Sergeant Lisk didn't have to be in al-Anbar. Very likely he didn't want to be, much of the time. Perhaps not at all. But he was there on the day death found him:

In the minutes after the mortar shell exploded, everyone hoped that Sergeant Lisk would live. Although he was not breathing, the medics got to him right away, and the hospital was not far.

"What's his name?" asked Col. Sean MacFarland, the commander of the 4,000-soldier First Brigade.

"Lisk, sir," someone replied.

"If he can be saved, they'll save him," said Colonel MacFarland, who had been only a few yards away in an armored personnel carrier when the mortar shell landed.

About 10 minutes later, the word came.

"He's dead," Colonel MacFarland said.

Whenever a soldier dies, in Iraq or anywhere else, a wave of uneasiness — fear, revulsion, guilt, sadness — ripples through the survivors. It could be felt on Monday, even when the fighting was still going on.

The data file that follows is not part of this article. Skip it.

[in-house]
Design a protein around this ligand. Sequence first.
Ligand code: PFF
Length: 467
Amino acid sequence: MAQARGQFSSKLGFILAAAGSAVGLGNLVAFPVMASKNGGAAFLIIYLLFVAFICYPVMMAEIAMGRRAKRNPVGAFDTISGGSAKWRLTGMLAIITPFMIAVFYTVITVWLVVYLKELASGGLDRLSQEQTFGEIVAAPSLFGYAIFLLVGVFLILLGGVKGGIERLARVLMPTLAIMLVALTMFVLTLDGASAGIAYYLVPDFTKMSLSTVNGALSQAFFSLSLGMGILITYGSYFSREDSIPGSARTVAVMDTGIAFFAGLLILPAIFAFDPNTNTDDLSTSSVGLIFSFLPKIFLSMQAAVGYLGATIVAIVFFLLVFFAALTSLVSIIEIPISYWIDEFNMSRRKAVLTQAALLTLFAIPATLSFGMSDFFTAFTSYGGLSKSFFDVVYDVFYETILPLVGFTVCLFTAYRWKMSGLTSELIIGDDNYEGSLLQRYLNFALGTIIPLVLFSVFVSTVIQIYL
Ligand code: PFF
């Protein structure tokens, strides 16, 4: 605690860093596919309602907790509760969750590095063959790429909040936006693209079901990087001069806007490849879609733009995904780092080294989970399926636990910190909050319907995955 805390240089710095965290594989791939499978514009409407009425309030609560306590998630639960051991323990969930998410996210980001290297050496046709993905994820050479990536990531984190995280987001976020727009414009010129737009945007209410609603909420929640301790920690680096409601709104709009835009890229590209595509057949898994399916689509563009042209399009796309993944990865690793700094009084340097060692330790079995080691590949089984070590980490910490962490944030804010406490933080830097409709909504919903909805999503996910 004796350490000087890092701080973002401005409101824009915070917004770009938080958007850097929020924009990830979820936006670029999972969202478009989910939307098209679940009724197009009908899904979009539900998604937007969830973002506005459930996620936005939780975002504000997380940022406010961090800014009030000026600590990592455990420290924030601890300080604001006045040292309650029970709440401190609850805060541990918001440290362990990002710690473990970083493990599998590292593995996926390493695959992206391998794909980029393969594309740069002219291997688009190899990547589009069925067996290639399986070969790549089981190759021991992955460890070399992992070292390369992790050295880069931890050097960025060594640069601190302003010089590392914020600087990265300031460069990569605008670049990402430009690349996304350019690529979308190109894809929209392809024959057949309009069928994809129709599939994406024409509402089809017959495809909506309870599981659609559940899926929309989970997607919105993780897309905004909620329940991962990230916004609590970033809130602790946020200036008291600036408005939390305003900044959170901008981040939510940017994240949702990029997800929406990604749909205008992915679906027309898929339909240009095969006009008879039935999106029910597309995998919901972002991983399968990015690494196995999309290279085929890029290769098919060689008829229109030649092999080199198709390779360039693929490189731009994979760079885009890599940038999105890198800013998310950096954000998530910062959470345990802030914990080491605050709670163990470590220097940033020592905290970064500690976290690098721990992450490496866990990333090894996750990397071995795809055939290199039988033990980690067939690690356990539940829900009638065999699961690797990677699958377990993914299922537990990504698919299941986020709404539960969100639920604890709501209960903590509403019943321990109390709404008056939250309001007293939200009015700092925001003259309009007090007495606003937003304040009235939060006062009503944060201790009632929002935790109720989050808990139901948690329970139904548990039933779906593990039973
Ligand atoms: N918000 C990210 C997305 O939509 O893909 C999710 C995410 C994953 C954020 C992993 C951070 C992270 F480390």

"He was my best friend," Specialist Allan Sammons said, his lower lip shaking. "That's all I can say. I'm kind of shaken up."

Another soldier asked, "You want to take a break?"

Specialist Sammons said, "I'll be fine," his lip still shaking.

Sometimes I wonder if I'll ever be able to read one of these stories without spending the rest of the day (and often waking during the night) in tears? I hope so. Then again, I hope not. I hate the too-quick teardrops I can no longer control, the swift rush of anger, the sinking feeling in the pit of my stomach that never quite seems to go away. I hate the way I see his face, the first one who died. For me, he will always be the face of this war.

His name was John. A good name. A strong name.

And it was with the same conflicting emotions that I read Col. McFarland's remarks to his men. "What in the hell was he thinking?", I thought at first. And then, "You have no right... no right." Am I talking about him, or myself?

And a few seconds later, "I wonder if any of them - the media - really understand how it feels? That most of us hate war, question it, doubt it? I wonder if they know that we question the cost, all the time?"

But questioning the cost is not the same as denying that there is a cost associated with our freedoms. It's hard to grasp, when the gap between cause and effect is this abstract. It makes being resolute much harder.